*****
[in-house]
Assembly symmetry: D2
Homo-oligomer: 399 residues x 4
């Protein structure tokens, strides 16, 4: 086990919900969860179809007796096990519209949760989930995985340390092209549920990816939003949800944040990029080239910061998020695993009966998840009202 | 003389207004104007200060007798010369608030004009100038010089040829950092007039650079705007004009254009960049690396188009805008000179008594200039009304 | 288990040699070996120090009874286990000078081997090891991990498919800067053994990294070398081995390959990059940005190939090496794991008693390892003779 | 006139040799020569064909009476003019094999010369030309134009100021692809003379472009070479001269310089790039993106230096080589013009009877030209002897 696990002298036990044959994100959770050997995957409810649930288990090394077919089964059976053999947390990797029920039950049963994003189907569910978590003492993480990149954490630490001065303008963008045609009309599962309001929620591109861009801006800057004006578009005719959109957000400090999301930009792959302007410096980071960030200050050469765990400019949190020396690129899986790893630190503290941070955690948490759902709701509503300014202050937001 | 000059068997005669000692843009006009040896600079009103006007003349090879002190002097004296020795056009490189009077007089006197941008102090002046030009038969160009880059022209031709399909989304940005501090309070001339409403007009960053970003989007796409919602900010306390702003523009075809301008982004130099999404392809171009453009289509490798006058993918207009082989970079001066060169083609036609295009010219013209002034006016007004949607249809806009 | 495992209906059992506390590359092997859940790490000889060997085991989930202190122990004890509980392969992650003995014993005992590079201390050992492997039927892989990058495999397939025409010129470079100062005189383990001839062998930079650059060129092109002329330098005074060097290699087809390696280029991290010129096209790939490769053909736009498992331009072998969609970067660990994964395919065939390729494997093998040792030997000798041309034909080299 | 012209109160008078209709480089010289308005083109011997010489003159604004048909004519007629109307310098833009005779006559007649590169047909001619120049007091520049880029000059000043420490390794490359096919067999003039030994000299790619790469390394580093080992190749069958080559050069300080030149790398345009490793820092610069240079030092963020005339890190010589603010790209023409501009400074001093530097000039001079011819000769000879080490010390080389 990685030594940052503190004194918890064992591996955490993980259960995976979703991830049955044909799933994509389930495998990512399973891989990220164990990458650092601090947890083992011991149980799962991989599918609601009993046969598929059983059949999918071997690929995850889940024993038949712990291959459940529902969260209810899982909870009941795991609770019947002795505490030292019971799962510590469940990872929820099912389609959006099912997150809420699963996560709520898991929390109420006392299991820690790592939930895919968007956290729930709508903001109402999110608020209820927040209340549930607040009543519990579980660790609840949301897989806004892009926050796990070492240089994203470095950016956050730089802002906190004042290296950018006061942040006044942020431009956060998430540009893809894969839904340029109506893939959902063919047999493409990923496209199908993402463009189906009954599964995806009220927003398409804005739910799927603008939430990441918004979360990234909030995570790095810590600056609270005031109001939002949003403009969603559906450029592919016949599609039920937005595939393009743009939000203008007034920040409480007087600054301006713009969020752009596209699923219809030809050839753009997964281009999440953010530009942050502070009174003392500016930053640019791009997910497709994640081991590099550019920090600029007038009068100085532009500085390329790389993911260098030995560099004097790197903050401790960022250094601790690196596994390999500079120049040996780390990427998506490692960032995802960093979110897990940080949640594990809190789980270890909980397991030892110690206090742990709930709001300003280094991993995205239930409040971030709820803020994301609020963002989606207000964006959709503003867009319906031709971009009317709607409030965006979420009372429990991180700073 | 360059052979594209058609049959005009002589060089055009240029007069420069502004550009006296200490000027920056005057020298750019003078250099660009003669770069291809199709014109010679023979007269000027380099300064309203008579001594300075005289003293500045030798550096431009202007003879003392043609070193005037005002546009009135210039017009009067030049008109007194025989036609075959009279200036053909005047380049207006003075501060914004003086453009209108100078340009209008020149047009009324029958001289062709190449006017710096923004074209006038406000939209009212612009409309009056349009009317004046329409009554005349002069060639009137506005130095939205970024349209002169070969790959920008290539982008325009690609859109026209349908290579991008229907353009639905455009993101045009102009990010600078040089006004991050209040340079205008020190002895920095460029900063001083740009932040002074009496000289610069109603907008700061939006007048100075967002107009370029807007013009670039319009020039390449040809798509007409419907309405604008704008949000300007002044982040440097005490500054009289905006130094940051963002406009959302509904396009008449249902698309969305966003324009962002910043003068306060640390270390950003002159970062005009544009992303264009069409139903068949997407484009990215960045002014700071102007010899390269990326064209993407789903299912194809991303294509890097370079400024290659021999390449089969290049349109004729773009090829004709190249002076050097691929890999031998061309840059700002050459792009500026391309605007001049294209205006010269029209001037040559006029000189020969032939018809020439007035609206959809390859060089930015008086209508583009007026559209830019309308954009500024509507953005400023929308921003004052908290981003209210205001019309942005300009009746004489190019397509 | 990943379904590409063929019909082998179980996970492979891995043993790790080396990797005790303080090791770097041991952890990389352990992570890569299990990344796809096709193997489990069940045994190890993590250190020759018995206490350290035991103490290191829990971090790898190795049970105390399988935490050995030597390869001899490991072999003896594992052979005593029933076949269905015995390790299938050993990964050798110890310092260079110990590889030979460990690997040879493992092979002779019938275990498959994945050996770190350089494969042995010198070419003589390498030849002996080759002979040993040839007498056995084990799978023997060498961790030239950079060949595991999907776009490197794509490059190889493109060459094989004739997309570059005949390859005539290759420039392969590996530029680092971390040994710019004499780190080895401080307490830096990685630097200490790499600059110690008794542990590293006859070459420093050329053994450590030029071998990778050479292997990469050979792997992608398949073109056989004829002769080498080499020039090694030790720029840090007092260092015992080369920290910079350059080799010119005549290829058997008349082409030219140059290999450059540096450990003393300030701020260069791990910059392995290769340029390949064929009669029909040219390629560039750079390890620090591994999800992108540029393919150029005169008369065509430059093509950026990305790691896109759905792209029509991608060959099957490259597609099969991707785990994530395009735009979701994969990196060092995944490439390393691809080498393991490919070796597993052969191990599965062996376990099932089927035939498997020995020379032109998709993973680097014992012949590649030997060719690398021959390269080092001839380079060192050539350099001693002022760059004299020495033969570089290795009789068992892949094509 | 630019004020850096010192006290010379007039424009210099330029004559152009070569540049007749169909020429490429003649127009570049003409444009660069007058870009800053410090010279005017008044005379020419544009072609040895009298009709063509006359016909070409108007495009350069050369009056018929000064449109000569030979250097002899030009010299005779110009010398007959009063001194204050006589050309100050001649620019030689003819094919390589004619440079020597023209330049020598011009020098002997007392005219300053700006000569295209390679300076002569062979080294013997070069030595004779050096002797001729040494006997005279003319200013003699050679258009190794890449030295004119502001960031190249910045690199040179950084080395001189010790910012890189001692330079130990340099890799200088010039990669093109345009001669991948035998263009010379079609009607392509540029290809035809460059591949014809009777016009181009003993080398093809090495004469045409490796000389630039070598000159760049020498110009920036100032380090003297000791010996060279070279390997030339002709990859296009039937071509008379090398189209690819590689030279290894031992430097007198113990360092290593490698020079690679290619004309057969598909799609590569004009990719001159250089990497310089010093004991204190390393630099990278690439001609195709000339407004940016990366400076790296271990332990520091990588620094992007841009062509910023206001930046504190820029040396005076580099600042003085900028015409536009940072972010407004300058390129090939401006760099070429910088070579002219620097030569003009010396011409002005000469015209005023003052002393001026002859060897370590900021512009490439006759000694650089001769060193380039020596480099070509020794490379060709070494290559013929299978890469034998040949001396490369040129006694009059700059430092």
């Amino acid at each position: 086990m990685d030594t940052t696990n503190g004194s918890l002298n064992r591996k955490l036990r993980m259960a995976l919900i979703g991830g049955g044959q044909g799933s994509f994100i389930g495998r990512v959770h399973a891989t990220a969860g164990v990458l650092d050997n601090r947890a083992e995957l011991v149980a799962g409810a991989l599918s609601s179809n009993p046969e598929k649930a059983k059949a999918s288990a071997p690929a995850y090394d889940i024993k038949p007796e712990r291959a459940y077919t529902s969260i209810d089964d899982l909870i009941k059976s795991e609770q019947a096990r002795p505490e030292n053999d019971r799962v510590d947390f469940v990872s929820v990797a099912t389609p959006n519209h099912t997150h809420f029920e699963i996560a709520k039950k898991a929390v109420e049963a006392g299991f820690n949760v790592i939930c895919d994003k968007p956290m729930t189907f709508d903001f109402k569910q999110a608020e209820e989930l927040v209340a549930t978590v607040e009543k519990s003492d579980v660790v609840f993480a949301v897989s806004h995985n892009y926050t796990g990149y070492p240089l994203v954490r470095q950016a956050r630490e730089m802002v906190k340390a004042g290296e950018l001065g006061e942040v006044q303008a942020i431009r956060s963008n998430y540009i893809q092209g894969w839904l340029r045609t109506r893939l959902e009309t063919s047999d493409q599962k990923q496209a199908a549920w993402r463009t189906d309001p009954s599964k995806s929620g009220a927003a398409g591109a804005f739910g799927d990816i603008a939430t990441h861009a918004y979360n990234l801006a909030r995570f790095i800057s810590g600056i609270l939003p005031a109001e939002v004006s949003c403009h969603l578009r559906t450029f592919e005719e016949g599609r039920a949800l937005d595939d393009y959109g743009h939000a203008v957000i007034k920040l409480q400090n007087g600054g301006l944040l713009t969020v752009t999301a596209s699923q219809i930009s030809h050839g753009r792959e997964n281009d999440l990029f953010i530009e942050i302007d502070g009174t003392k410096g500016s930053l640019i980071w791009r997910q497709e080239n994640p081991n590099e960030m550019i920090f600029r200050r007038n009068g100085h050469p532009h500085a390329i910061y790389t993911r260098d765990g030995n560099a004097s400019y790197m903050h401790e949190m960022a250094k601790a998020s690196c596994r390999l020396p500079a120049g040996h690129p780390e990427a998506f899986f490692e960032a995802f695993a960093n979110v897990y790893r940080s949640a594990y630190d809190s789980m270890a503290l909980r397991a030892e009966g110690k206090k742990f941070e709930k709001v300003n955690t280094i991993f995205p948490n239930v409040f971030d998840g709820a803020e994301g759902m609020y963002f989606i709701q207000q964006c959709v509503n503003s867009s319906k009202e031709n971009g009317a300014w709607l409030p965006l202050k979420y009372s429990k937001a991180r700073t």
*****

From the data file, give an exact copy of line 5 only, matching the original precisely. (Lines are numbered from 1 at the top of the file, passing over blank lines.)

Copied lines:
């Amino acid at each position: 086990m990685d030594t940052t696990n503190g004194s918890l002298n064992r591996k955490l036990r993980m259960a995976l919900i979703g991830g049955g044959q044909g799933s994509f994100i389930g495998r990512v959770h399973a891989t990220a969860g164990v990458l650092d050997n601090r947890a083992e995957l011991v149980a799962g409810a991989l599918s609601s179809n009993p046969e598929k649930a059983k059949a999918s288990a071997p690929a995850y090394d889940i024993k038949p007796e712990r291959a459940y077919t529902s969260i209810d089964d899982l909870i009941k059976s795991e609770q019947a096990r002795p505490e030292n053999d019971r799962v510590d947390f469940v990872s929820v990797a099912t389609p959006n519209h099912t997150h809420f029920e699963i996560a709520k039950k898991a929390v109420e049963a006392g299991f820690n949760v790592i939930c895919d994003k968007p956290m729930t189907f709508d903001f109402k569910q999110a608020e209820e989930l927040v209340a549930t978590v607040e009543k519990s003492d579980v660790v609840f993480a949301v897989s806004h995985n892009y926050t796990g990149y070492p240089l994203v954490r470095q950016a956050r630490e730089m802002v906190k340390a004042g290296e950018l001065g006061e942040v006044q303008a942020i431009r956060s963008n998430y540009i893809q092209g894969w839904l340029r045609t109506r893939l959902e009309t063919s047999d493409q599962k990923q496209a199908a549920w993402r463009t189906d309001p009954s599964k995806s929620g009220a927003a398409g591109a804005f739910g799927d990816i603008a939430t990441h861009a918004y979360n990234l801006a909030r995570f790095i800057s810590g600056i609270l939003p005031a109001e939002v004006s949003c403009h969603l578009r559906t450029f592919e005719e016949g599609r039920a949800l937005d595939d393009y959109g743009h939000a203008v957000i007034k920040l409480q400090n007087g600054g301006l944040l713009t969020v752009t999301a596209s699923q219809i930009s030809h050839g753009r792959e997964n281009d999440l990029f953010i530009e942050i302007d502070g009174t003392k410096g500016s930053l640019i980071w791009r997910q497709e080239n994640p081991n590099e960030m550019i920090f600029r200050r007038n009068g100085h050469p532009h500085a390329i910061y790389t993911r260098d765990g030995n560099a004097s400019y790197m903050h401790e949190m960022a250094k601790a998020s690196c596994r390999l020396p500079a120049g040996h690129p780390e990427a998506f899986f490692e960032a995802f695993a960093n979110v897990y790893r940080s949640a594990y630190d809190s789980m270890a503290l909980r397991a030892e009966g110690k206090k742990f941070e709930k709001v300003n955690t280094i991993f995205p948490n239930v409040f971030d998840g709820a803020e994301g759902m609020y963002f989606i709701q207000q964006c959709v509503n503003s867009s319906k009202e031709n971009g009317a300014w709607l409030p965006l202050k979420y009372s429990k937001a991180r700073t």